The first novel of the Ministry of Peculiar Occurrences, Phoenix Rising, starts with a bang, literally with a bang. We are quickly introduced to the Ministry’s Archivist, Wellington Thornhill Books Esquire, who has been kidnapped and about to be tortured by the evil organisation, the House of Esher. The House however, are thwarted in their attempt to extract information from Books by the feisty, dynamite loving, Kiwi and Ministry agent Miss Eliza D Braun. Braun disobeys a direct order by saving Books and in the process blows up the House of Esher’s Antarctic headquarters with her tool of choice, dynamite. In the chapter aptly named, ‘Chapter 2 – In Which Our Plucky Pepperpot Eliza Braun Must Pay the Piper for Her Feats of Derring-Do!’ the ‘colonial pepperpot’ soon finds she is relegated to the Archives to work with the fussy, aristocratic, Books. Through these opening chapters, Ballantine and Morris demonstrate from the beginning their unique ability for light hearted and witty prose.
The Ministry of Peculiar Occurrences is a covert organisation that solves mysterious and ‘peculiar’ cases on behalf of the government to protect Queen and country, with the Archives being the library of all the cases and a number of nifty gadgets and treasures. The Archives is used by the authors as the device to introduce some of the minor characters such as Dr Sound and the brash Australian agent, Douglas Campbell, who play small parts in the plot. There are short intermittent chapters focussed on Dr Sound and the ‘restricted’ area of the Archives and a brief introduction to the Duke of Sussex, who entraps Agent Campbell to spy on Dr Sound, although the reason behind this is not clear at this point in the story. The Archives is also used to reinforce the steampunk theme as the home of a number of Welly’s ingenious inventions, namely the Thames powered ‘analytical engine’ or computer that not only retrieves cases information and objects but also makes a delicious cup of Earl Grey tea!
The pair are at odds for the first part of the story until Wellington (or Welly as Eliza, likes to call him) discovers that Eliza has been trying to investigate why her previous partner, the handsome and dashing Harry Thorne, went missing during a mission and when found was promptly sent to Bedlam and then later murdered. She uncovers that other agents have also gone missing investigating the same case and found dead either drained of blood or missing bones. This scene is one example of how the authors unique way of introducing the macabre with amusing scenes and dialogue between the two main characters. This gives the story some depth and makes is very readable.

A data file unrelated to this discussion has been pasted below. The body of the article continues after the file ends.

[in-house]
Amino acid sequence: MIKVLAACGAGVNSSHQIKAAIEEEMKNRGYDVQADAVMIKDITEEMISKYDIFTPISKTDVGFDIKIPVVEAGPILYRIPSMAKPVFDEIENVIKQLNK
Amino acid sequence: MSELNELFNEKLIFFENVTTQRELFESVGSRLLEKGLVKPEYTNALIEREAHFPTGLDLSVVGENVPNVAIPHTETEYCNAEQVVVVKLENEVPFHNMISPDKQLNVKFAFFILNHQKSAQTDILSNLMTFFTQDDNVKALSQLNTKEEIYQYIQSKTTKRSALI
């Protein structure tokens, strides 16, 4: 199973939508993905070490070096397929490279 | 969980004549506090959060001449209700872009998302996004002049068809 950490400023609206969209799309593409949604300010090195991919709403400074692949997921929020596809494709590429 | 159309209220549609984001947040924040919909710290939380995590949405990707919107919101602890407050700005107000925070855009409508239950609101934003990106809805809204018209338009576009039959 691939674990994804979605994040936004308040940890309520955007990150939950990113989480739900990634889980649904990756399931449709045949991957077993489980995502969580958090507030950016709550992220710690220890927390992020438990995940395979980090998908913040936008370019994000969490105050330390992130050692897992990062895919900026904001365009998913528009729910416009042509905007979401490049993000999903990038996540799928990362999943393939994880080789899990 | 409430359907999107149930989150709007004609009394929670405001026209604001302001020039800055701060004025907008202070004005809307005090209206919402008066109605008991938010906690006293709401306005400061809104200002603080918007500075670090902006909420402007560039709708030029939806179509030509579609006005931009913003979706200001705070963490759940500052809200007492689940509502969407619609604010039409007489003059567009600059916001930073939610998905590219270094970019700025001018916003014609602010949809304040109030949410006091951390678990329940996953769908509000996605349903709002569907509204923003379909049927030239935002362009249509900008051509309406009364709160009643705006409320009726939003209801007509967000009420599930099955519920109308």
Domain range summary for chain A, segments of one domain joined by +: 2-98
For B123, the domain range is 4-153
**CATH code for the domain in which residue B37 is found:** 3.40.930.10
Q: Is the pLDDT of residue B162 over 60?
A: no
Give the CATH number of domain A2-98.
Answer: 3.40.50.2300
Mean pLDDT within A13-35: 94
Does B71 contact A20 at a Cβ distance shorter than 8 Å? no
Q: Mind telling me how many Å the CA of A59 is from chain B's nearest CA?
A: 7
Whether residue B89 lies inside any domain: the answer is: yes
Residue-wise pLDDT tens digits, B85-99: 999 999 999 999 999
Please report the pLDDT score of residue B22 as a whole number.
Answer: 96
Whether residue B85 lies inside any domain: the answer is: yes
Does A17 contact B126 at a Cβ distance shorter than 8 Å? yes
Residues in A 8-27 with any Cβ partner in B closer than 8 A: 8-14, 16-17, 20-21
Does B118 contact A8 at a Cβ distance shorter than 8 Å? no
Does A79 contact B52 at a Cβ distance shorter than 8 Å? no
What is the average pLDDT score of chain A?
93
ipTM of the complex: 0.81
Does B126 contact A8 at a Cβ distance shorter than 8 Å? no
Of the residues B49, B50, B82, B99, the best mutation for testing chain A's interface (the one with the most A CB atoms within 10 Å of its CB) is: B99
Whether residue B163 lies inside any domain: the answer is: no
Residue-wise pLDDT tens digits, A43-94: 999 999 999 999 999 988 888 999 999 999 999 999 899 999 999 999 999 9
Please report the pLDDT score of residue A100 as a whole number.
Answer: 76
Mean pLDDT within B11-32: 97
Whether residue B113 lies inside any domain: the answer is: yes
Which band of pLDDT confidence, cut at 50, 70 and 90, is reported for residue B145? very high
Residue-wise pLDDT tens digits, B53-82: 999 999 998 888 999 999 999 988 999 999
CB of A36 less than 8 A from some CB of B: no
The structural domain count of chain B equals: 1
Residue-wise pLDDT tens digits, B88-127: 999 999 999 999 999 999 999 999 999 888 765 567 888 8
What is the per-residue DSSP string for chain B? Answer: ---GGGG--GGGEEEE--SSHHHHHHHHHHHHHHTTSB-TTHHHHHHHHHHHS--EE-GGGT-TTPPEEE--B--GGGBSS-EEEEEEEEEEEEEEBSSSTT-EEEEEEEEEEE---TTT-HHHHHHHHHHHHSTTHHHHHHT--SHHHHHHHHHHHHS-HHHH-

Ballantine and Morris introduce some truly funny scenes to lighten the mood and to build the relationship between the two heroes. Once such scene involves Welly assisting the very drunk Miss Braun to remove her knife proof corset after a night out in a pub, and in the other Eliza engages Harry’s assassin and Welly’s kidnapper, Sophia de la Morte, in a full on battle, on the stage and during an opera. The latter scene has the reader both laughing at what is happening and worried about what might happen to Eliza. It is in this process of investigating the case, and almost getting killed several times, that our two heroes get to know each other and the reader discovers that these characters are more than just one dimensional stereotypes.
We also meet Alice, Eliza’s housekeeper, who has two artificial, steam powered legs, and the Ministry of Seven, a group of street kids who Harry, now deceased, and Eliza recruited to assist with their investigations. These characters provide background and some very funny dialogue with both Eliza and Welly.
The agents end up risking life and limb by infiltrating the Phoenix Society, and of course solve the mystery that led to Harry Thorne’s death. To tell any more about the final chapters and the conclusion of the story would just give too much away. Needless to say, gun fights, fisticuffs and explosions abound as our two plucky heroes save the day and solve the mystery.
The first time I read this book I found it slightly difficult to get into, although I quickly started to love the characters. This was my first foray into steampunk and may have slightly attributed to my difficulty engaging with the book. The dialogue between Welly and Eliza is especially witty and sets the backdrop for their growing attraction to each other. There were a number of instances of laughing out loud in public over some quip from Welly or Eliza. Ballantine and Morris create likeable characters in a backdrop of steampunk Victorian, England that I grew to love with every passing page. I was lucky that I only discovered Phoenix Rising a few months before the second novel, The Janus Affair, was released so I didn’t have long to wait until I got another fix of my new favourite characters, Braun and Books.
BOOKS IN SERIES ORDER
- Phoenix Rising
- The Janus Affair
BUY YOUR COPY